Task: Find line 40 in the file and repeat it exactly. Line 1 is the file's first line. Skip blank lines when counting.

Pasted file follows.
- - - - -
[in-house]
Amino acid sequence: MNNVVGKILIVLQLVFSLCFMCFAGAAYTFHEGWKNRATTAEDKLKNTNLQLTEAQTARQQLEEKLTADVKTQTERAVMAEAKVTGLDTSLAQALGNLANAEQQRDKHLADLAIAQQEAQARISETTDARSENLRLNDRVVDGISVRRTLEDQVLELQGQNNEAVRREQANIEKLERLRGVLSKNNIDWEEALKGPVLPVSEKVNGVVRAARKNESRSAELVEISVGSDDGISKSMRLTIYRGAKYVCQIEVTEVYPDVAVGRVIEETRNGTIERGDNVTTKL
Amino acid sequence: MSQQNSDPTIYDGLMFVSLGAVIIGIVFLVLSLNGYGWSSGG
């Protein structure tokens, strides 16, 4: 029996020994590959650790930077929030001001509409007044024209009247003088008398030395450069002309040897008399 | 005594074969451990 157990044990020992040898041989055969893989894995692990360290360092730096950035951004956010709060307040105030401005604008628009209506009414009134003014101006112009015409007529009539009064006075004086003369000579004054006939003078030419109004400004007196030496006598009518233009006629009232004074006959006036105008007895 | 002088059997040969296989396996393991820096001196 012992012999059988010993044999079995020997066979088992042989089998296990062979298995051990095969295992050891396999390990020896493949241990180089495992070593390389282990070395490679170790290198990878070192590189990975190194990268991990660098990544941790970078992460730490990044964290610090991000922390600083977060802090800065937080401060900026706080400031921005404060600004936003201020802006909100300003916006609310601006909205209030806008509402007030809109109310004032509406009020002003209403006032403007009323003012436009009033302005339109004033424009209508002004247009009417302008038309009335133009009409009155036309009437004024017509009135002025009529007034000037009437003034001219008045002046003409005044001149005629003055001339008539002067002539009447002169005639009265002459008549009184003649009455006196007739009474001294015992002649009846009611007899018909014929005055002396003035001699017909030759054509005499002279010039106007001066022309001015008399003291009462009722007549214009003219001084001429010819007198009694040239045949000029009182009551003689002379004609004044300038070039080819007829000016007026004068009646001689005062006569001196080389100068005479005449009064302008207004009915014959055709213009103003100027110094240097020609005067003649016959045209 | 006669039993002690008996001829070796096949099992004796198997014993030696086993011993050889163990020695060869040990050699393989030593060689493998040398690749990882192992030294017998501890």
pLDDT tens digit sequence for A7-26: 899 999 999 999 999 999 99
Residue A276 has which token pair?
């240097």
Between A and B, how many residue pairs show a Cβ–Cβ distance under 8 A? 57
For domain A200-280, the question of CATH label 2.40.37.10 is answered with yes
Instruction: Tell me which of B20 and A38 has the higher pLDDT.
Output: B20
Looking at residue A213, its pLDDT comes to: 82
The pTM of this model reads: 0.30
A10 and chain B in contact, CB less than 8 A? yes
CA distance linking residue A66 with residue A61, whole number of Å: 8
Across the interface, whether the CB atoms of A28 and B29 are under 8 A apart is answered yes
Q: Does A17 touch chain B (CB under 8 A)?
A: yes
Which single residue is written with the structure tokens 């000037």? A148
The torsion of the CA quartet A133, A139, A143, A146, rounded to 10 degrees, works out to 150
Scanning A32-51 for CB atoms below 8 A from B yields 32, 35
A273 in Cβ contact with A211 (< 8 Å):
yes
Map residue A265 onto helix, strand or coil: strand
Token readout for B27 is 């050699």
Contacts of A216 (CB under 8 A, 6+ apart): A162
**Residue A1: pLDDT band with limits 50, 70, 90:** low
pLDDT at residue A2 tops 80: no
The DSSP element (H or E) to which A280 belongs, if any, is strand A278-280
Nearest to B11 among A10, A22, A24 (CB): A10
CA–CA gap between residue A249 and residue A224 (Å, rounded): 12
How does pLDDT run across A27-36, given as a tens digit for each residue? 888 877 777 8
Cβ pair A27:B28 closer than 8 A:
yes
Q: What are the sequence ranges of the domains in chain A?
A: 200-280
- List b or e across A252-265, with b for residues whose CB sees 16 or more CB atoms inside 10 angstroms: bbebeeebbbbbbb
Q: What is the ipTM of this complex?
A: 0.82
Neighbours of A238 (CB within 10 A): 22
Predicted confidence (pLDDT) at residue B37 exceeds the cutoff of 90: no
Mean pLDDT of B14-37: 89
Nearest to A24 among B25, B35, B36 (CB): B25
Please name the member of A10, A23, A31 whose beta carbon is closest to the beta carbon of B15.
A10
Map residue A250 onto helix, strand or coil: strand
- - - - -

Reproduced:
Neighbours of A238 (CB within 10 A): 22